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Adapter Plate Question
Posted 07 February 2011 - 07:58 PM
The plate is all I got. My concern is, shouldn't there be some bolts or some kind of off-set fasteners that go with this plate?
The "pairs" of holes at 2 o'clock and 11 o'clock are threaded. Maybe I'm just suppose to simply bolt into those sets of holes?
I have my d/r tranny sitting on my bench, and I even put the plate up to the bell housing, but still couldn't figure it all out. My EJ motor is still in the legacy w/ a dead auto tranny hooked to it.
Posted 07 February 2011 - 08:00 PM
Posted 07 February 2011 - 08:57 PM
Posted 07 February 2011 - 09:05 PM
If I had the ej motor handy, I could probably figure it out easily enough. Mostly, I just want to know if the fasteners are something I may have in the bolt box or, can be bought at the hardware store. (I don't wanna get hung up in the middle of the install).
Sounds like I just need some correct length and pitch bolts. Thanks again.
Posted 07 February 2011 - 09:28 PM
Posted 07 February 2011 - 11:56 PM
Posted 08 February 2011 - 12:15 AM
The top 4 should have bolts, they have to be a pretty precise length to get full engagement but not bottom out. You'll have to drill out the threads on the engine bellhousing so you can bolt the plate to the engine block, and then install like normal.
My MRose adapter plates used fairly standard threads, so the hardware could easily bought at a hardware store. I would assume SJR did the same, but I'm not sure.
I do know a couple guys with unused SJR plates....I could see if they have any more info.
Posted 08 February 2011 - 02:11 AM
Posted 08 February 2011 - 11:40 AM
You'll have to drill out the threads on the engine bellhousing so you can bolt the plate to the engine block, and then install like normal.
He won't need to drill out the threads in his engine. SJR plate uses smaller bolts (5/16) that fit through the M10 threads in the block.
Personally, I don't like using smaller than stock bolts to hold the engine to trans, but that's how some people make their plates. (SJR, and I think Rguyver's aluminum plates?)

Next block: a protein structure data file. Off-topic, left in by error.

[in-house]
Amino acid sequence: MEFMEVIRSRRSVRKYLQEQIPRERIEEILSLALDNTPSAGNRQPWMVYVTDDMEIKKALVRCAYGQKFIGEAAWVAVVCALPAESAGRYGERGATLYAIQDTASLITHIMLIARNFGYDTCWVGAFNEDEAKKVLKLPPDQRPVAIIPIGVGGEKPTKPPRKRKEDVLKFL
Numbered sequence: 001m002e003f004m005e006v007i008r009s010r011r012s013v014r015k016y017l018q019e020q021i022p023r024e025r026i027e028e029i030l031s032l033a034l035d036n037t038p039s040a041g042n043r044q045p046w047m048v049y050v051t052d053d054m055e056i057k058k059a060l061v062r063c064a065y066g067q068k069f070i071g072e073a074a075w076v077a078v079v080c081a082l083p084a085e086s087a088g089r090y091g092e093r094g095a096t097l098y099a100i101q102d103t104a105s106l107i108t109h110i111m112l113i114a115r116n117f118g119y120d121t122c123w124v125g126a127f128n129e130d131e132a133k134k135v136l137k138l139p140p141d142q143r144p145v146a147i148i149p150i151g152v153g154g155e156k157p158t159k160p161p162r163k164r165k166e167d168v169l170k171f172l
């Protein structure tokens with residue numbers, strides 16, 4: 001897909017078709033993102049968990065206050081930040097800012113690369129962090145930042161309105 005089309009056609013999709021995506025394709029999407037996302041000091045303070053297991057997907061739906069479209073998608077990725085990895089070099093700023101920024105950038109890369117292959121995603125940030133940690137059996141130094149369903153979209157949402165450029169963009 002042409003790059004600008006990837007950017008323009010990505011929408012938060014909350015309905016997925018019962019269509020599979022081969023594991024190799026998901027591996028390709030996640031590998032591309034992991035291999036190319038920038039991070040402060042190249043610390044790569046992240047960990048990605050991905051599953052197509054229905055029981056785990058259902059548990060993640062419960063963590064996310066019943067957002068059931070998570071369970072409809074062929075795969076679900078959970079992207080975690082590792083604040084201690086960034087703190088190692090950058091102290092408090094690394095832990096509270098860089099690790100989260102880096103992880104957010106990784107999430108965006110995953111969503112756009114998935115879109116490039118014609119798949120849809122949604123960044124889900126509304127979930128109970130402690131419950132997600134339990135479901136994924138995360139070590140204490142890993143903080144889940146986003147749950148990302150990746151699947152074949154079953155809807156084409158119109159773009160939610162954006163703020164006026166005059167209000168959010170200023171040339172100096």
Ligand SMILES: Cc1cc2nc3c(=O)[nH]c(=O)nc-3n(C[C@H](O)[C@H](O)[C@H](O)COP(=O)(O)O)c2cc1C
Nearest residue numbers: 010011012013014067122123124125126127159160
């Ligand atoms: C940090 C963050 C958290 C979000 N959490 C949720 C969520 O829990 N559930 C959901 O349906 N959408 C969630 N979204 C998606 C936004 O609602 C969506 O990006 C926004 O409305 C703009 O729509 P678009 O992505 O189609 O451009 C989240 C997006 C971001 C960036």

Posted 08 February 2011 - 12:30 PM
Posted 16 July 2011 - 09:21 PM
is that totally fabricated? or does it ummm-----tie into the spare tire mount, maybe>?
anyone have pics? i know this is a somewhat dated thread. and i realize that its not specifically about the pitchstopper. but they are at least semi-related.
also, does anyone have SPECIFIC and exact lengths of the studs to the plates?
Posted 17 July 2011 - 08:27 AM
The studs don't need to be any specific length - just measure how thick the bell-housing of the engine or tranny (whichever is applicable for the hole) is at that point and make it about 1.25" to 1.5" longer to account for the thickness of the adaptor plate and enough extra to thread on a washer/nut combo.
Posted 17 July 2011 - 12:01 PM
Posted 17 July 2011 - 04:59 PM
Posted 17 July 2011 - 06:37 PM
You have made your point clear. But it is the *opinion* of myself and probably many of the mods here as well as the members that your method is dangerous to preace to others as they may not utilize the concept correctly or with enough degree of accuracy based on your small, single sentance description to effectively accomplish a mating of EA and EJ components that will not result in damage to one or both.
It is very likely that your poor communication skill and your personal attacks will in fact get your banned (again). Perhaps you can create a post or a web page somewhere that details this concept more fully - the how's and the why's - in order to show that it works and is safe - if it is and if that's possible to do so.
Posted 19 July 2011 - 09:19 PM
The dowel pins are not there to stop the engine and transmission from shifting once it's all put together. The static friction between the surfaces of the bellhousing halfs where they're clamped together by the bolts is what does that. What the dowel pins do is align the crankshaft and the transmission input shaft so they are spinning on the same centerline. If that alignment isn't set by the dowel pins, then the crank bearings and transmission input bearings are running under a side load all the time. They aren't built for that, and the splash lubricated transmission bearings will fail first. While running without dowel pins will work at first, the transmission will soon begin to howl/whirr/growl while being driven and when in neutral with you foot off the clutch.
If you want to build an adapter plate on the cheap, go to a local tech college and talk to the machining department. They're often willing to do small simple projects like that, and punching 10 holes in the right place in a 1/2 plate is easy with a milling machine. I have a printout of the coordinates and sizes of the holes needed from when I did my adapter plate. Take it home and cut out the plate to match the bellhousings and you have your precise adapter plate for cheap.
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